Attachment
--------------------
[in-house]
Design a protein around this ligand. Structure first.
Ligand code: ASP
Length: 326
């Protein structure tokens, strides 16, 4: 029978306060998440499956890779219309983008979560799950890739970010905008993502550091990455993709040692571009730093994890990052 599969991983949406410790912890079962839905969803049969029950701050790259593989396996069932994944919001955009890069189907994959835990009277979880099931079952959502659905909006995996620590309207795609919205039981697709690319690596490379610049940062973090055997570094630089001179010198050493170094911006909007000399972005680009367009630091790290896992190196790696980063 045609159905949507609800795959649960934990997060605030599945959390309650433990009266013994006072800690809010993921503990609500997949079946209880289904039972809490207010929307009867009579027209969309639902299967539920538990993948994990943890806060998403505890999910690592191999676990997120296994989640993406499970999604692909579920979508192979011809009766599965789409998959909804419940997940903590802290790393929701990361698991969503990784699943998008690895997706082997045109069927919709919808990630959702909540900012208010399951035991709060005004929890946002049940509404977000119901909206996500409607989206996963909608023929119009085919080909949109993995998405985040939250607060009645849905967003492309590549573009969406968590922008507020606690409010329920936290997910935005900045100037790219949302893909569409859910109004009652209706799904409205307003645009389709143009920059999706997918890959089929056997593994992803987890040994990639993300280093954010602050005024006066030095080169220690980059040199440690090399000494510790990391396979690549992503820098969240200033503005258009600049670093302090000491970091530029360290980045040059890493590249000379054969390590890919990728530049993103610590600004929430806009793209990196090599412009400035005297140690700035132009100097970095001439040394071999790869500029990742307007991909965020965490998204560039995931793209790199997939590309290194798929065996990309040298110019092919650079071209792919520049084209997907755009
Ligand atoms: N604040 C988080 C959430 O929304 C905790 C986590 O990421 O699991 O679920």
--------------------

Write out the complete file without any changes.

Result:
[in-house]
Design a protein around this ligand. Structure first.
Ligand code: ASP
Length: 326
């Protein structure tokens, strides 16, 4: 029978306060998440499956890779219309983008979560799950890739970010905008993502550091990455993709040692571009730093994890990052 599969991983949406410790912890079962839905969803049969029950701050790259593989396996069932994944919001955009890069189907994959835990009277979880099931079952959502659905909006995996620590309207795609919205039981697709690319690596490379610049940062973090055997570094630089001179010198050493170094911006909007000399972005680009367009630091790290896992190196790696980063 045609159905949507609800795959649960934990997060605030599945959390309650433990009266013994006072800690809010993921503990609500997949079946209880289904039972809490207010929307009867009579027209969309639902299967539920538990993948994990943890806060998403505890999910690592191999676990997120296994989640993406499970999604692909579920979508192979011809009766599965789409998959909804419940997940903590802290790393929701990361698991969503990784699943998008690895997706082997045109069927919709919808990630959702909540900012208010399951035991709060005004929890946002049940509404977000119901909206996500409607989206996963909608023929119009085919080909949109993995998405985040939250607060009645849905967003492309590549573009969406968590922008507020606690409010329920936290997910935005900045100037790219949302893909569409859910109004009652209706799904409205307003645009389709143009920059999706997918890959089929056997593994992803987890040994990639993300280093954010602050005024006066030095080169220690980059040199440690090399000494510790990391396979690549992503820098969240200033503005258009600049670093302090000491970091530029360290980045040059890493590249000379054969390590890919990728530049993103610590600004929430806009793209990196090599412009400035005297140690700035132009100097970095001439040394071999790869500029990742307007991909965020965490998204560039995931793209790199997939590309290194798929065996990309040298110019092919650079071209792919520049084209997907755009
Ligand atoms: N604040 C988080 C959430 O929304 C905790 C986590 O990421 O699991 O679920």